Topics: European Union, United Kingdom, International Financial Reporting Standards Pages: 13 (2757 words) Published: January 18, 2013

Harmonization vs standardization

Harmonization - A process of increasing the compatibility of accounting practices by setting bounds to their degree of variation. Eg. EU Commission

Standardization – The imposition of a more rigid and narrow set of rules. Eg. IASB

Reasons for harmonization

Pressure comes from those who regulate, prepare and use financial statements.

1) Investors and financial analysts
• Need to be able to understand the financial statements of foreign companies that they invest or wish to invest. • The statements are reliable and comparable; easier to make comparison • Need the confidence in the soundness of the auditing

2) Government and Securities Commission
• The governments are interested to protect the investors within their spheres of influence • But, Securities Commission may demand financial statements that are consistent with domestic practices. • Better to standardize especially in issuing of shares internationally

3) Multinationals
• Simplified the jobs of financial accountants of multinational companies to prepare and consolidate financial statements from all around the world which were prepared on the same basis. • Easier to prepare comparable internal information for the appraisal of the performance of subsidiaries in different countries • Easier for other appraisal performance comparisons too • Easier to transfer accounting staff from one country to another • Cost of capital can be reduced by reducing the risk for investors

4) International accountancy firm
Advantage to the international accountancy firms because they will have more clients internationally

5) Tax authorities
To overcome tax authorities complication when dealing with foreign incomes by differences in the measurement of profit in different countries

6) Government in developing countries
Governments in developing countries easier to understand and control the operations of multinationals

Obstacles to harmonization

1) Differences between accounting practices of different countries Different reasons for the preparation of accounting information Shareholder view presentation vs creditor/tax/conservative presentation Have to have major changes in attitude and law

2) Harmonization is useful when it concerns similar users who receive information from companies in different countries Two sets of rules: one for parent company and one for consolidation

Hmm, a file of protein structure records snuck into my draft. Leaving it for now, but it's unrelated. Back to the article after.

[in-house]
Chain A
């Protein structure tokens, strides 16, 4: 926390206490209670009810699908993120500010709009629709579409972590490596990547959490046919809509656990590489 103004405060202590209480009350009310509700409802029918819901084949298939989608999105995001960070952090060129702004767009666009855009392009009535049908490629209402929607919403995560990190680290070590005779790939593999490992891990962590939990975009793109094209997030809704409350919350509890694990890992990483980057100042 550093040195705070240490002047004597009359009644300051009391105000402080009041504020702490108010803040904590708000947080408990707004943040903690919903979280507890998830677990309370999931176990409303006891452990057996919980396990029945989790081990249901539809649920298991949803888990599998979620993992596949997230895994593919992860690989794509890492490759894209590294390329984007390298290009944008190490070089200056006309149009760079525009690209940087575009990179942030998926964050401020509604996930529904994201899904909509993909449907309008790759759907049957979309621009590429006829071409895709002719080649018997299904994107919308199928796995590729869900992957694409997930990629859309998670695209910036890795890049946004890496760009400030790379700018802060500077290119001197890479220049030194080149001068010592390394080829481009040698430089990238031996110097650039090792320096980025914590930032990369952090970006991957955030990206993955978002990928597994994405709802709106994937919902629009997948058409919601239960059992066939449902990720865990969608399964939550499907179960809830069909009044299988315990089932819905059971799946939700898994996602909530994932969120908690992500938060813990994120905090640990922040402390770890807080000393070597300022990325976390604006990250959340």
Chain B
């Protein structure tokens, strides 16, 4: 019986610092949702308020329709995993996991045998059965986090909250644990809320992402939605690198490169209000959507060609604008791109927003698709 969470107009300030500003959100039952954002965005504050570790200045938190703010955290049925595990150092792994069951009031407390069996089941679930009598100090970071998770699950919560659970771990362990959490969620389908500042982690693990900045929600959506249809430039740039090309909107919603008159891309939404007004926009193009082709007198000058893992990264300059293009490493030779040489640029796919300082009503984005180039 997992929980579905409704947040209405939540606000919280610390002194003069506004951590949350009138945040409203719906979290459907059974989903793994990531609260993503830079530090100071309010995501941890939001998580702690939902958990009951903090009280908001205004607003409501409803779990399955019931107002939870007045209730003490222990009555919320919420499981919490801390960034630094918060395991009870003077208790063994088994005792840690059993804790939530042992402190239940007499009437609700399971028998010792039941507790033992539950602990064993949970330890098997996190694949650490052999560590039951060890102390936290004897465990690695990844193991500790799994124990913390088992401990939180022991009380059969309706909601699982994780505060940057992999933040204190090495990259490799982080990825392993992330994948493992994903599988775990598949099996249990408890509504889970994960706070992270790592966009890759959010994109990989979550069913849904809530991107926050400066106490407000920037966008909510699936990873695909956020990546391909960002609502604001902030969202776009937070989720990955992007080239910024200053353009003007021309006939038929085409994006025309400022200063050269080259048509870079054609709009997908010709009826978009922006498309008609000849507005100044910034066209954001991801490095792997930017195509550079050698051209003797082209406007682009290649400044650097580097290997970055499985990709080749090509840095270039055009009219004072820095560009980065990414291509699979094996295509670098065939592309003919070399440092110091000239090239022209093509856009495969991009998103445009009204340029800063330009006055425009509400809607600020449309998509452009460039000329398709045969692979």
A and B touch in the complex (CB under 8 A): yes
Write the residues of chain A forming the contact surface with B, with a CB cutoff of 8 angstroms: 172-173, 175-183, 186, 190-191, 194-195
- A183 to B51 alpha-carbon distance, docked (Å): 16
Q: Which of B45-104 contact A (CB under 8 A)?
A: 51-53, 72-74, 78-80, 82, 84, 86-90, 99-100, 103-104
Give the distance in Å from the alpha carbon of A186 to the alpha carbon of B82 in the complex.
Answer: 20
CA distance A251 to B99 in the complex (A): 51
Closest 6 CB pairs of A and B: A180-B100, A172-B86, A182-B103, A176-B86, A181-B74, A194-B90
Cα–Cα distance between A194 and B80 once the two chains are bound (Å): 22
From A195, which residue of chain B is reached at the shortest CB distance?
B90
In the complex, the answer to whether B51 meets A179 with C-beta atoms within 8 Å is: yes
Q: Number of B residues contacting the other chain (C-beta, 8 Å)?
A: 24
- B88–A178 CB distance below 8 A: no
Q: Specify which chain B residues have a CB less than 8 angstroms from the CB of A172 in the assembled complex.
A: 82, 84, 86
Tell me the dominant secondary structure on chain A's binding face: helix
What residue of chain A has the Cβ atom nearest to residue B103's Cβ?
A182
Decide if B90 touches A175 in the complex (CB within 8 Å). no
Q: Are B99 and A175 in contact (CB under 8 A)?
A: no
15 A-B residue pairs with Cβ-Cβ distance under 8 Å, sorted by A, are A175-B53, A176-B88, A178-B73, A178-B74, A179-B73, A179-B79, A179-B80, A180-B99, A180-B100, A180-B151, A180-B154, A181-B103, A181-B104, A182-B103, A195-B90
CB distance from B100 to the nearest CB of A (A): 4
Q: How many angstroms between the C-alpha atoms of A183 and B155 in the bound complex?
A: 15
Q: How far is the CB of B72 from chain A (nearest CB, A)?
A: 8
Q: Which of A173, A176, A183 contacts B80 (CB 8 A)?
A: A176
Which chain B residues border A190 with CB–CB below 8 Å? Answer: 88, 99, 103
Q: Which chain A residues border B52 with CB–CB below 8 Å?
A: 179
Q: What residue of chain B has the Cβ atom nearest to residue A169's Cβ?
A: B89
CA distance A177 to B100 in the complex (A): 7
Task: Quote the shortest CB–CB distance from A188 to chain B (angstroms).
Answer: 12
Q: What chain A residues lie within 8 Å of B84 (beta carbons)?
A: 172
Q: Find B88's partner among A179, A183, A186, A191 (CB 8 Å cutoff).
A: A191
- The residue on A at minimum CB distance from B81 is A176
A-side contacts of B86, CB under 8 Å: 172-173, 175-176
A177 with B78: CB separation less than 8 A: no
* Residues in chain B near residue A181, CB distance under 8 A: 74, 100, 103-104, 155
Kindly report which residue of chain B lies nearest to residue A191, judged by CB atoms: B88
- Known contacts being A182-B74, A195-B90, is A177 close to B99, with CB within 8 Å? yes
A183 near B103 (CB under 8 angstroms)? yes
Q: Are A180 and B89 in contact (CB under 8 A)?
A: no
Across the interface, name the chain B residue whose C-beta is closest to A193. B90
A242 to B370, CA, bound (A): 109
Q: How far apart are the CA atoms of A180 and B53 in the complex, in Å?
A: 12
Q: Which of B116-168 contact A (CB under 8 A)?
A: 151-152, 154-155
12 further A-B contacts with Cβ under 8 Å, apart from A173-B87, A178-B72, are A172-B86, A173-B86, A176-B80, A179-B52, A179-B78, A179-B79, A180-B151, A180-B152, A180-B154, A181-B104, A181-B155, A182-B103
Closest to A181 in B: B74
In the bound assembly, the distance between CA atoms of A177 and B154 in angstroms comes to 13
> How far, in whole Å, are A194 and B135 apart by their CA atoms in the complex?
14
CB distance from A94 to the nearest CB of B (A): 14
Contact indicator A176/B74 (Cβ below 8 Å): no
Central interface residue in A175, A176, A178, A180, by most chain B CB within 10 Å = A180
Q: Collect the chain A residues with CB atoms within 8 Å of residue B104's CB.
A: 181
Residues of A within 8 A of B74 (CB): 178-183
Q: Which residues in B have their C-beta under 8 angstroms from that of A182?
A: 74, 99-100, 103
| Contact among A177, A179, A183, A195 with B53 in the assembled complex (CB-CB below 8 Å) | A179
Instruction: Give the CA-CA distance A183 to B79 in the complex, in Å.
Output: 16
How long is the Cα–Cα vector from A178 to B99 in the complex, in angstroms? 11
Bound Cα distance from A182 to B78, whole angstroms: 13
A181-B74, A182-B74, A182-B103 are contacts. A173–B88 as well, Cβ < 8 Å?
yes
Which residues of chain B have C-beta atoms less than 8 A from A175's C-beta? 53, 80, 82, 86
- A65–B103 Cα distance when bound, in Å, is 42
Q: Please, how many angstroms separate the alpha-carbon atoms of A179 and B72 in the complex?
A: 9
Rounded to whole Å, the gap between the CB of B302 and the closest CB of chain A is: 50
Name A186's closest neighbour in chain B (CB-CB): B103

3) Lack of strong professional accountancy bodies in some countries Operate through private sector (independent) will not be effective in all countries

4) Nationalism
Unwillingness to accept compromises that involve changing accounting practices towards those of those countries

5) Lack of knowledge or interest in accounting
Difficult to alter internationally – set standards in response to a change of mind or a change of circumstances

6) Economic consequences on accounting standards
The economic consequences may vary from country to country and this might be taken into account by those who set the standards. Hence, might force to de-harmonization.

Measurement of harmonization:
1) De jure harmonization (rules, standards)
2) De facto harmonization (financial reporting practices)

Organisations involved in harmonization process

1) The International Accounting Standards Committee (IASC)

• Founded in 1973
• Accountancy bodies of nine countries: Australia, Canada, France, Japan, Mexico, the Netherlands, the UK and Ireland, the US and West Germany • Operated until 2001
• It was succeeded by IASCF – IASB
• IASC is independent from other bodies, but since 1983 close connection with International Federation of Accountants (IFAC) • IASC concerns only with IAS
• Aim: to formulate and publish in the public interest accounting standards to be observed in the presentation of financial statements and...

References: 1) Doupnik, S. and Taylor, M.E. (1985) ‘ An empirical investigation of the observance of IASC standards in Western Europe’, Management International Review, Vol 25, no 1
2) Evans, L. and Taylor, M.E. (1982) ‘Bottom line compliance with the IASC: A comparative analysis’, International Journal of Accounting, Fall
3) McKinnon, S.M. and Jannell, P. (1984) ‘The IASC: A performance evaluation’, International Journal of Accounting, Spring
4) Nair, R.D. and Frank, W.G. (1981) ‘The harmonization of international accounting standards, 1973-1979’, International Journal of Accounting, Fall
5) Nobes, C.W. (1998) ‘The future shape of harmonization: some responses’, European Accounting Review, Vol 7, no 2
6) Nobes, C.W. ed. (2001) GAAP 2001: A Survey of National Accounting Rules, Ernst & Young for IFAD. Also available at www.ifad.net.
7) Parker, R.H. (1996) ‘Harmonizing the notes in the UK and France: a case study in de jure harmonization’, European Accounting Review, Vol 5 no 2
8) Tay, J.S.W. and Parker, R.H. (1990) ‘Measuring harmonization and standardization’, Abacus, March
9) Walton, P. (1992) ‘Harmonization of accounting in France and Britain: some evidence’, Abacus, Vol 28 no 2
10) Weetman, P. Jones, E.A.E., Adams, C.A. and Gray, S.J. (1998) ‘Profit measurement and UK accounting standards: a case of increasing disharmony in relation to US GAAP and IASs’, Accounting and Business Research, Summer.
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